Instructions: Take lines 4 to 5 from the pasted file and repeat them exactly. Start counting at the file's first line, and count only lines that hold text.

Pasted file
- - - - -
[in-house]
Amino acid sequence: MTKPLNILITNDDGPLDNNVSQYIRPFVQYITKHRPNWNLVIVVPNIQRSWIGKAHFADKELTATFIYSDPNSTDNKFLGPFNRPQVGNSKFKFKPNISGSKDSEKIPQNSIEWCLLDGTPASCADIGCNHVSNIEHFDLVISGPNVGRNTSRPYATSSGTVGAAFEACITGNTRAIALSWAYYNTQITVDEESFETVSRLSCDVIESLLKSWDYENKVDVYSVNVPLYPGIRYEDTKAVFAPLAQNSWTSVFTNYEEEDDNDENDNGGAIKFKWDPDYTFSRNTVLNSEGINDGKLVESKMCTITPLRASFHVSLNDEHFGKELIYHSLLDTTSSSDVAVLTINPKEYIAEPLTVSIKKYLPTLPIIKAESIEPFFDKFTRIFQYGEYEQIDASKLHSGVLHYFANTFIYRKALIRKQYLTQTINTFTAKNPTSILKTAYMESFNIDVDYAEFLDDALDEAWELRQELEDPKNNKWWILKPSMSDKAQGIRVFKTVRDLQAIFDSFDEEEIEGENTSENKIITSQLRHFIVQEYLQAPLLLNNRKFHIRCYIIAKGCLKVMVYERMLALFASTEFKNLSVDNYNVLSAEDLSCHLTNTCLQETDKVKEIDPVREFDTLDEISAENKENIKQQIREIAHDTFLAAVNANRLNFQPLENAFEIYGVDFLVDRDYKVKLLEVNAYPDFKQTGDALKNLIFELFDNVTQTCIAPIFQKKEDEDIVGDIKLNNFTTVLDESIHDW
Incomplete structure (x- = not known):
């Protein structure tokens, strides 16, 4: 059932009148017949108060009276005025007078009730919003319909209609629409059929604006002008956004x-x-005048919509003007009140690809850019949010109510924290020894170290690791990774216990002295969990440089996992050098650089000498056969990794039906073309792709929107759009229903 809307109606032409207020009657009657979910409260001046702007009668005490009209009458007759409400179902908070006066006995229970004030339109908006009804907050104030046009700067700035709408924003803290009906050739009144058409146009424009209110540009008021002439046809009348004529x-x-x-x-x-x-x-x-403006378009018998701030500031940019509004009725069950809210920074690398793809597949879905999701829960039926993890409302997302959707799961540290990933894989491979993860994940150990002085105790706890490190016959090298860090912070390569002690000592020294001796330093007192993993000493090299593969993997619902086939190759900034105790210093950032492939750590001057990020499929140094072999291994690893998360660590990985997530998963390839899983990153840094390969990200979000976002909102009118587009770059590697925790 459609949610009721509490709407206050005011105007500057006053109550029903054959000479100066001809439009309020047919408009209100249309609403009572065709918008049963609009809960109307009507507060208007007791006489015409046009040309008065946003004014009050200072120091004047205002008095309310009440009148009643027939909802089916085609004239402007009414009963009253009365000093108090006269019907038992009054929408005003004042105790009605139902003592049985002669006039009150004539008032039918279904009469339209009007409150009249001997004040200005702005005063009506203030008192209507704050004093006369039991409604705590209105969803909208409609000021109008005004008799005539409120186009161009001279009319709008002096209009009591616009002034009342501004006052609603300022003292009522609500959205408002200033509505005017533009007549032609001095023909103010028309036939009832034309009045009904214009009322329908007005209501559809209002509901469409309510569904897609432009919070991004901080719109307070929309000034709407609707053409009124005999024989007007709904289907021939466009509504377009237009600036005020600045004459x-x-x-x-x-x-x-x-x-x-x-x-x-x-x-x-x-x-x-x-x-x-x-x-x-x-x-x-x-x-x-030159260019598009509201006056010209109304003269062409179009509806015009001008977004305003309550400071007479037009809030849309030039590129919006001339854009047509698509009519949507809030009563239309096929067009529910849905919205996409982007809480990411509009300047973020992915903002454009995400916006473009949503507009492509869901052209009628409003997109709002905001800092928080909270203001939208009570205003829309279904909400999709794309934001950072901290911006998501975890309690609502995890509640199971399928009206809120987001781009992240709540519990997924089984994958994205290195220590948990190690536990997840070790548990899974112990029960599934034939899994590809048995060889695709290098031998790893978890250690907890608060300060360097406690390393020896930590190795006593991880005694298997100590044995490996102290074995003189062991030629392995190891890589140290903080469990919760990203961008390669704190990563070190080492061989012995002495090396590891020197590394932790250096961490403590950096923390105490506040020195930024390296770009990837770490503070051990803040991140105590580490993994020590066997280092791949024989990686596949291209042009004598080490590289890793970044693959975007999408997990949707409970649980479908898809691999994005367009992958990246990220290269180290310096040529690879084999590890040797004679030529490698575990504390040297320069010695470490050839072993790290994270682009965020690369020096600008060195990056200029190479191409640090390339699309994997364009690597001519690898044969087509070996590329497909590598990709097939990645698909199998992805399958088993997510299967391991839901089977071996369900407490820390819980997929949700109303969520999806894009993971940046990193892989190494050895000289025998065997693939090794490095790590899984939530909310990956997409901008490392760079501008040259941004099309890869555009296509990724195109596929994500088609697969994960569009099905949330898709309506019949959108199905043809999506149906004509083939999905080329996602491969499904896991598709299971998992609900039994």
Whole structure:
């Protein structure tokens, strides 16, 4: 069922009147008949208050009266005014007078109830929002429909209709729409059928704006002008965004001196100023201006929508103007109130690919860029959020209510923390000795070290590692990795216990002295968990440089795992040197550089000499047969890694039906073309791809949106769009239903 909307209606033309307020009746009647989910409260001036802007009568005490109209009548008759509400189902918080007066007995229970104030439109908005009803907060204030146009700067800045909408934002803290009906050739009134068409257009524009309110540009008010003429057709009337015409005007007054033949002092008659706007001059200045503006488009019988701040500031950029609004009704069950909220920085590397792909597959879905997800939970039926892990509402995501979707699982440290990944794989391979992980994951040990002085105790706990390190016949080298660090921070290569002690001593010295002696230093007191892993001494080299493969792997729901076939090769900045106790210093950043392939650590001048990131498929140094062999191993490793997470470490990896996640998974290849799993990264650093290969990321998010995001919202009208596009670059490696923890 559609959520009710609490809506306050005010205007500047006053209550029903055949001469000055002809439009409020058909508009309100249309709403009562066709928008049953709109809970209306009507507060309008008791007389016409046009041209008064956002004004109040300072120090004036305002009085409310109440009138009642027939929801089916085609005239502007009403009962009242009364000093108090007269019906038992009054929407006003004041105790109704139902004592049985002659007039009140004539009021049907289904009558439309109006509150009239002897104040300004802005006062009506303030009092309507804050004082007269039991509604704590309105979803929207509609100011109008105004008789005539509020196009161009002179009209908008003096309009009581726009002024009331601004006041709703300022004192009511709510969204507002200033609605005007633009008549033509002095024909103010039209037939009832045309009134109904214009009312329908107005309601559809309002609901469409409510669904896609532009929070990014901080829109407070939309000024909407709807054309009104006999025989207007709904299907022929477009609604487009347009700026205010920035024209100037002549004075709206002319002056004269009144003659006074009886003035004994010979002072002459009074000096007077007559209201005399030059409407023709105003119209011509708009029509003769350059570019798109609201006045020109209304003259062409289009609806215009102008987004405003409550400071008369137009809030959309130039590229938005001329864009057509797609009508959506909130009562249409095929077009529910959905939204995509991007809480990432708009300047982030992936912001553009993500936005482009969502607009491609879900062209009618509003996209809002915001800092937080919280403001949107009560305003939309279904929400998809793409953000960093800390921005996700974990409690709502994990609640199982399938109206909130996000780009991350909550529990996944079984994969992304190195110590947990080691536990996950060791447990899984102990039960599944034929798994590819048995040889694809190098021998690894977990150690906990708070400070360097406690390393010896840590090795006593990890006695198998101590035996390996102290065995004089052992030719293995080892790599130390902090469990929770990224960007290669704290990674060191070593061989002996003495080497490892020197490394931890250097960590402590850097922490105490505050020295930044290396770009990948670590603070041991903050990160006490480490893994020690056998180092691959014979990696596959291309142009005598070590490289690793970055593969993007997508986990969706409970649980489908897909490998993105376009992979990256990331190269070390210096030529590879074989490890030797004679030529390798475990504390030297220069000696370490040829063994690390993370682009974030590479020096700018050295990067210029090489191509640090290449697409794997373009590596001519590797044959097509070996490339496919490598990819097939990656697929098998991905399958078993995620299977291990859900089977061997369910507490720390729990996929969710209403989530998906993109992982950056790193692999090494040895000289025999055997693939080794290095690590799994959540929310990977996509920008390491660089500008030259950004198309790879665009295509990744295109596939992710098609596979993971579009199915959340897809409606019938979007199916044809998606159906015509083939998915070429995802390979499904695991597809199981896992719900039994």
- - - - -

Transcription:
């Protein structure tokens, strides 16, 4: 059932009148017949108060009276005025007078009730919003319909209609629409059929604006002008956004x-x-005048919509003007009140690809850019949010109510924290020894170290690791990774216990002295969990440089996992050098650089000498056969990794039906073309792709929107759009229903 809307109606032409207020009657009657979910409260001046702007009668005490009209009458007759409400179902908070006066006995229970004030339109908006009804907050104030046009700067700035709408924003803290009906050739009144058409146009424009209110540009008021002439046809009348004529x-x-x-x-x-x-x-x-403006378009018998701030500031940019509004009725069950809210920074690398793809597949879905999701829960039926993890409302997302959707799961540290990933894989491979993860994940150990002085105790706890490190016959090298860090912070390569002690000592020294001796330093007192993993000493090299593969993997619902086939190759900034105790210093950032492939750590001057990020499929140094072999291994690893998360660590990985997530998963390839899983990153840094390969990200979000976002909102009118587009770059590697925790 459609949610009721509490709407206050005011105007500057006053109550029903054959000479100066001809439009309020047919408009209100249309609403009572065709918008049963609009809960109307009507507060208007007791006489015409046009040309008065946003004014009050200072120091004047205002008095309310009440009148009643027939909802089916085609004239402007009414009963009253009365000093108090006269019907038992009054929408005003004042105790009605139902003592049985002669006039009150004539008032039918279904009469339209009007409150009249001997004040200005702005005063009506203030008192209507704050004093006369039991409604705590209105969803909208409609000021109008005004008799005539409120186009161009001279009319709008002096209009009591616009002034009342501004006052609603300022003292009522609500959205408002200033509505005017533009007549032609001095023909103010028309036939009832034309009045009904214009009322329908007005209501559809209002509901469409309510569904897609432009919070991004901080719109307070929309000034709407609707053409009124005999024989007007709904289907021939466009509504377009237009600036005020600045004459x-x-x-x-x-x-x-x-x-x-x-x-x-x-x-x-x-x-x-x-x-x-x-x-x-x-x-x-x-x-x-030159260019598009509201006056010209109304003269062409179009509806015009001008977004305003309550400071007479037009809030849309030039590129919006001339854009047509698509009519949507809030009563239309096929067009529910849905919205996409982007809480990411509009300047973020992915903002454009995400916006473009949503507009492509869901052209009628409003997109709002905001800092928080909270203001939208009570205003829309279904909400999709794309934001950072901290911006998501975890309690609502995890509640199971399928009206809120987001781009992240709540519990997924089984994958994205290195220590948990190690536990997840070790548990899974112990029960599934034939899994590809048995060889695709290098031998790893978890250690907890608060300060360097406690390393020896930590190795006593991880005694298997100590044995490996102290074995003189062991030629392995190891890589140290903080469990919760990203961008390669704190990563070190080492061989012995002495090396590891020197590394932790250096961490403590950096923390105490506040020195930024390296770009990837770490503070051990803040991140105590580490993994020590066997280092791949024989990686596949291209042009004598080490590289890793970044693959975007999408997990949707409970649980479908898809691999994005367009992958990246990220290269180290310096040529690879084999590890040797004679030529490698575990504390040297320069010695470490050839072993790290994270682009965020690369020096600008060195990056200029190479191409640090390339699309994997364009690597001519690898044969087509070996590329497909590598990709097939990645698909199998992805399958088993997510299967391991839901089977071996369900407490820390819980997929949700109303969520999806894009993971940046990193892989190494050895000289025998065997693939090794490095790590899984939530909310990956997409901008490392760079501008040259941004099309890869555009296509990724195109596929994500088609697969994960569009099905949330898709309506019949959108199905043809999506149906004509083939999905080329996602491969499904896991598709299971998992609900039994």
Whole structure: